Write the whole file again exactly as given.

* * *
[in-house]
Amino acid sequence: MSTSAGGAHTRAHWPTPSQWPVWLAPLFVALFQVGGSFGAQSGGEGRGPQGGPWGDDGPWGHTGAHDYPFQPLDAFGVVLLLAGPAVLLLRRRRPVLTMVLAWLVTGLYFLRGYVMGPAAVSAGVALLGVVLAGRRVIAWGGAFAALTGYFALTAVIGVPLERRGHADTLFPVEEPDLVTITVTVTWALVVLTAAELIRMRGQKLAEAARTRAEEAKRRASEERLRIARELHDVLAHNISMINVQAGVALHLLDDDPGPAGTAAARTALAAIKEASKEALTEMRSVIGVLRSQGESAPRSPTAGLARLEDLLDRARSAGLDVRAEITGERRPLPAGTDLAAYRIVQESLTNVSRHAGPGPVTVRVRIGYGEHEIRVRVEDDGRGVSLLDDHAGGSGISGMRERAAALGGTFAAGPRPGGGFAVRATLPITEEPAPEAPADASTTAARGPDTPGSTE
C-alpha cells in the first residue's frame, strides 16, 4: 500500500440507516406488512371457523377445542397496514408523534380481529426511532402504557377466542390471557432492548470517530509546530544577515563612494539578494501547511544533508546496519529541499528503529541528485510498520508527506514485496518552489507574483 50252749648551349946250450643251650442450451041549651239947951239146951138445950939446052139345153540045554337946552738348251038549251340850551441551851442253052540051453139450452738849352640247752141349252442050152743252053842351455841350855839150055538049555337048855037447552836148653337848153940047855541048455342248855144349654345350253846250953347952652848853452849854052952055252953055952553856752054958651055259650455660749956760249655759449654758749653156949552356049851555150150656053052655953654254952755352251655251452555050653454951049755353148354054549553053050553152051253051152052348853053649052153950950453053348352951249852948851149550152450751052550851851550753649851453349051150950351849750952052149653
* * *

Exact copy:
[in-house]
Amino acid sequence: MSTSAGGAHTRAHWPTPSQWPVWLAPLFVALFQVGGSFGAQSGGEGRGPQGGPWGDDGPWGHTGAHDYPFQPLDAFGVVLLLAGPAVLLLRRRRPVLTMVLAWLVTGLYFLRGYVMGPAAVSAGVALLGVVLAGRRVIAWGGAFAALTGYFALTAVIGVPLERRGHADTLFPVEEPDLVTITVTVTWALVVLTAAELIRMRGQKLAEAARTRAEEAKRRASEERLRIARELHDVLAHNISMINVQAGVALHLLDDDPGPAGTAAARTALAAIKEASKEALTEMRSVIGVLRSQGESAPRSPTAGLARLEDLLDRARSAGLDVRAEITGERRPLPAGTDLAAYRIVQESLTNVSRHAGPGPVTVRVRIGYGEHEIRVRVEDDGRGVSLLDDHAGGSGISGMRERAAALGGTFAAGPRPGGGFAVRATLPITEEPAPEAPADASTTAARGPDTPGSTE
C-alpha cells in the first residue's frame, strides 16, 4: 500500500440507516406488512371457523377445542397496514408523534380481529426511532402504557377466542390471557432492548470517530509546530544577515563612494539578494501547511544533508546496519529541499528503529541528485510498520508527506514485496518552489507574483 50252749648551349946250450643251650442450451041549651239947951239146951138445950939446052139345153540045554337946552738348251038549251340850551441551851442253052540051453139450452738849352640247752141349252442050152743252053842351455841350855839150055538049555337048855037447552836148653337848153940047855541048455342248855144349654345350253846250953347952652848853452849854052952055252953055952553856752054958651055259650455660749956760249655759449654758749653156949552356049851555150150656053052655953654254952755352251655251452555050653454951049755353148354054549553053050553152051253051152052348853053649052153950950453053348352951249852948851149550152450751052550851851550753649851453349051150950351849750952052149653